Froma Harrop commentary: DeSantis, Don't waste your charm on us
Summary: And while some prefer the beach, others want the mountains. Colorado Gov. Jared Polis offered Disney a "Mountain Disneyland" free from "Florida's authoritarian socialist attacks on the private sector." ... Gov. Ron DeSantis may have more clever things to say such as his condemnation of Disney for being "a corporation based in Burbank, California." Other governors can only hope.
It would appear that Florida Gov. Ron DeSantis harbors ambitions to become the new Donald Trump. Whether a new Donald Trump could win the presidency in 2024 is in question. In 2020, the old Donald Trump lost the popular vote by a not-insignificant 7 million.
But even if a Trumpy candidate remained a political draw two years from now, DeSantis has a problem. He is not a Donald Trump. Try as he might, he will never be.
It's not enough to just be obnoxious. Trump was also an entertainer. His raffish wit let him get away with a lot of things. He knew how to deliver his lines. Say what you want about Trump, he had a certain charisma.
DeSantis, sadly, was born without a sense of humor. Almost every picture of him shows a scowling face with mouth open. There is no charm to smooth over the meanness.
Nor is he good at conveying the absurdity required to win over much of the Trump base. Yale and Harvard Law ruined that for him. DeSantis really underestimates Trump's following, which could hear the in-your-face intention behind their leader's ridiculous grunts. DeSantis does it straight.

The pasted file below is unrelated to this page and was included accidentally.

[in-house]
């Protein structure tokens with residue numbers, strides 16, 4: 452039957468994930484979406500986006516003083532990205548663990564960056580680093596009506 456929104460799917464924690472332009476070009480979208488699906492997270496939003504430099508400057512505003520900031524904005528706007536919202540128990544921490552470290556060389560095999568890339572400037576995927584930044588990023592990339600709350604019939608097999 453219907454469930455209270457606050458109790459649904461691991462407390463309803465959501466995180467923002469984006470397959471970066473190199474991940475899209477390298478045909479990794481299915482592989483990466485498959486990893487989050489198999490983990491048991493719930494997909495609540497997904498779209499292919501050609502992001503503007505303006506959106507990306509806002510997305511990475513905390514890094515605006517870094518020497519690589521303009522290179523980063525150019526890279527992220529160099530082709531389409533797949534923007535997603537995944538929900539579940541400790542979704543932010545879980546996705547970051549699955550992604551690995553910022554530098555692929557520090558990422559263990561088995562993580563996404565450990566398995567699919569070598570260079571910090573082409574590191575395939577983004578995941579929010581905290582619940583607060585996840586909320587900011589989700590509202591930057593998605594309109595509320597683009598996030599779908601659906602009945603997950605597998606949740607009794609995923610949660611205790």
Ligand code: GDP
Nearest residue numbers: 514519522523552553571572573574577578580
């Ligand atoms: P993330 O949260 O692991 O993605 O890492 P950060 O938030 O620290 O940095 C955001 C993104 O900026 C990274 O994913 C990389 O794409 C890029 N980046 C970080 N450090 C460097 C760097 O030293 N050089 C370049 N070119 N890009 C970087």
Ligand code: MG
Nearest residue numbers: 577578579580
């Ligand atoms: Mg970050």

When Disney objected to his "Don't say gay" bill, DeSantis punished the company in a flamboyantly stupid way -- by shooting his own taxpayers in the foot. He stripped Disney World of its self-governing status. Not only had that been what brought the massive development to Orlando in the first place, but the deal also had Disney picking up lots of the bills normally covered by local taxes -- to the tune of $163 million a year.
Orange County's tax collector is not amused. "Road maintenance, flood control, they (Disney) have their own power plant, wastewater, drinking water facility," Scott Randolph said. "All of that debt and obligation goes over to Orange County the minute that Reedy Creek (the arrangement DeSantis attacked) is dissolved. There is no extra tax money that comes with that."
Last time we looked, disagreeing with a governor was legal. But really, was a weekend of media attention worth it? After all, DeSantis was bashing the company that employs 80,000 Floridians and provides the economic engine for an entire region.
But DeSantis has a record for making life hard for his state's biggest employers. Recall his going after the state's huge cruise industry for insisting that passengers be vaccinated against COVID-19. It was the height of the pandemic, and ensuring their customers' safety was a business imperative. This wasn't any culture war flare-up as much as DeSantis tried to make it one.
One of the golden rules of economic development is "Never do unto your tax base what you'd like other states to do unto theirs." Leaving Florida would be tough for Disney, but it does have alternatives.
Louisiana could become the New Florida. Before Disney landed on Orlando as the site for its massive development, it was also considering New Orleans. The company reportedly went as far as to buy up land in nearby towns across Lake Pontchartrain.
As for the cruises, Louisiana hosts a growing industry and would like more of that, too. Carnival, Norwegian Cruise Line and, yes, Disney already offer Caribbean and Central America cruises leaving from the fun city of New Orleans. And that's in addition to all those trips up the Mississippi River.
And while some prefer the beach, others want the mountains. Colorado Gov. Jared Polis offered Disney a "Mountain Disneyland" free from "Florida's authoritarian socialist attacks on the private sector."
DeSantis may have more clever things to say such as his condemnation of Disney for being "a corporation based in Burbank, California." Other governors can only hope.